WPD History

Westminster Police Department History

The first settler of the area now known as the Town of Westminster was Fairbanks Moor, who arrived in March 1737. On October 20, 1759, Westminster was incorporated as a town.

The first representation of law enforcement in Westminster came about in 1783 in the form of a Deputy Sheriff. This position was held by a single person for an undetermined amount of time. In 1895 two Constables were elected, L.S. Miller and J.W. Towle acting on a part time basis and collecting a combined yearly salary of $14.00. In 1910 the town was safeguarded by four constables, one who acted as the dog officer and special police officer. The Constable's duties included minor law enforcement, executor of civil process for local justice court, tax collector, and issuer of election notices. The income of each constable was determined by his duties, which were limited, as well as the collection of fees. Because of the limited amount of work and availability of funds, a constable would require a separate occupation as a source of livelihood.   

In 1922 Harold A. Towle was elected as Westminster's first single-acting Constable. Approximately, in 1932, Emory V. Raymond was assigned the duties as Chief of Police. Chief Raymond dispensed the first annual police chief report for the Town of Westminster in 1933. In 1936 Hebert Battles became Chief of Police and also served as Constable, Truant Officer and Dog Officer. In 1941 Harold Towle assumed the position of Chief and was succeeded by Peter V. Arcangeli a short time later.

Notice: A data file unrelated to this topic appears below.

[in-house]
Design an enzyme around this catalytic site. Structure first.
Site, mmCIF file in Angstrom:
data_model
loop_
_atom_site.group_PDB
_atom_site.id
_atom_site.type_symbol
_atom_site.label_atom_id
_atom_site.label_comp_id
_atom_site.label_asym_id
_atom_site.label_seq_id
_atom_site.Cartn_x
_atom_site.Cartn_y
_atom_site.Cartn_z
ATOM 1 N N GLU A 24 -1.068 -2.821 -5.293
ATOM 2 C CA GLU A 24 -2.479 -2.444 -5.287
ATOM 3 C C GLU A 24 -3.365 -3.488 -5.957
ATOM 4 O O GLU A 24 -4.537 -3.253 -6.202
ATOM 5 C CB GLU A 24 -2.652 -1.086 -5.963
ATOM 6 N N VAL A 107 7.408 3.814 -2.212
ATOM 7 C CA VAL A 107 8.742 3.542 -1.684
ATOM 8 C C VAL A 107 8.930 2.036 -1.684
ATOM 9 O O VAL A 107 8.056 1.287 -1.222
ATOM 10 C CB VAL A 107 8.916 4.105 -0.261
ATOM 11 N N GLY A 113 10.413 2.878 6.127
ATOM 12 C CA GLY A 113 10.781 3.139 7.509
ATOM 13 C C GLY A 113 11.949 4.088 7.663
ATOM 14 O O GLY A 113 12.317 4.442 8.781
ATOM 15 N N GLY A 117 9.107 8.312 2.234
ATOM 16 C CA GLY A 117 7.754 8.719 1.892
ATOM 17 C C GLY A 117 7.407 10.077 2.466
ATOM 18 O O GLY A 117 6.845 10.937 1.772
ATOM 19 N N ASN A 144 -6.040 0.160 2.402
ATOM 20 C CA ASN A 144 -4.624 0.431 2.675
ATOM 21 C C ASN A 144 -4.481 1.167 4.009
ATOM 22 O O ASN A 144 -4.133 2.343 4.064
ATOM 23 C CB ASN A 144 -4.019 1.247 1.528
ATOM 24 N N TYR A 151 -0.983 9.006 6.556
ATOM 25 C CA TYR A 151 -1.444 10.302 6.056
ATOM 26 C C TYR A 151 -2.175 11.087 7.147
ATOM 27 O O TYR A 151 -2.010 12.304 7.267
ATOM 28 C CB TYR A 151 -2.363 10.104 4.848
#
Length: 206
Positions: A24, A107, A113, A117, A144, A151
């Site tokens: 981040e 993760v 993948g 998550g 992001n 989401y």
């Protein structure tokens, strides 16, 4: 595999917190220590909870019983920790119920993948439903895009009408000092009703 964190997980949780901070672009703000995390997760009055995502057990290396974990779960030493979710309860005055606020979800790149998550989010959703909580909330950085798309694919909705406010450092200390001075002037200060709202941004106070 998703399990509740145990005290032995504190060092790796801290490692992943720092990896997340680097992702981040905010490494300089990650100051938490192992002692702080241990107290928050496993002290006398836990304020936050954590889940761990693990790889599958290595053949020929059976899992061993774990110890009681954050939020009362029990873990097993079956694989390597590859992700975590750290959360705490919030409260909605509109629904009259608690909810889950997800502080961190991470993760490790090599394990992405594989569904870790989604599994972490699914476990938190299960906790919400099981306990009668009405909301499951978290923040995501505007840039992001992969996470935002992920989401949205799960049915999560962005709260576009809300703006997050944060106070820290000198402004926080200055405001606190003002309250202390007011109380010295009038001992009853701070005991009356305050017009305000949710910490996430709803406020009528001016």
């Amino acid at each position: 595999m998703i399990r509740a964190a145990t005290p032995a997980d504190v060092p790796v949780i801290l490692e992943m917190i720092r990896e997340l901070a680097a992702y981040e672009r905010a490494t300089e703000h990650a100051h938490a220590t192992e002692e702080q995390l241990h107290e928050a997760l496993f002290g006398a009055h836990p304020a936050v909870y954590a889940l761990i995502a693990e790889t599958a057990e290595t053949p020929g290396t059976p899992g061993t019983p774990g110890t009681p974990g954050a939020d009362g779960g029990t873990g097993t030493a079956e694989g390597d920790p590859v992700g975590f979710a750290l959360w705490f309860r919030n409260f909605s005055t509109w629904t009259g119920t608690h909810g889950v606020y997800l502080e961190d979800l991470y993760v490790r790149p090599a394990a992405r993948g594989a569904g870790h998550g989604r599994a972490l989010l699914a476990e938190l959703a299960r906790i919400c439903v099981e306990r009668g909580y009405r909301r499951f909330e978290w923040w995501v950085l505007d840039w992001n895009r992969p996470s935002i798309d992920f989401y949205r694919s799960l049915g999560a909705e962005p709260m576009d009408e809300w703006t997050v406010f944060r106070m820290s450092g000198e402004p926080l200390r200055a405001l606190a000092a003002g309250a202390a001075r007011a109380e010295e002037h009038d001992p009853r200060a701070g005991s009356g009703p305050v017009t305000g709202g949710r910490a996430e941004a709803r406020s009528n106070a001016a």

In 1946 Toivo Tuominen took on the role of Chief of Police and Constable. The expense for the department that year was $489.98. In 1951 a police radio with a mobile transmitter was added to the department, and considered advancement for the department's capabilities. Then in 1958 a telephone with an automatic answering system was installed in the home of Chief Tuominen. That same year the department added three special police officers. In 1959 Chief Tuominen reported the year as the busiest year ever for the department. Chief Toivo Tuominen retained the position until his retirement in July, 1970.   

Eino N. Salo was named acting Chief until 1971, when Robert R. Cudak was appointed as permanent Chief of Police. Chief Cudak held the position until May, 2003. During the departments thirty plus years under the direction of Chief Cudak, it made great strides to keep up with the times. The addition of two way radios, full time police officers, a civilian dispatch center was considered sophisticated for a small town. In 1996 the police department moved into its long overdue Public Safety Complex. This helped the department catch up with the demands and needs of the town.

In April, 2003 Salvatore Albert was named Chief of Police. To date the police department consists of 13 full time officers within it's ranks. The department continues to provide a personalized service that is lost within city environments and attempts to provide proactive community policing.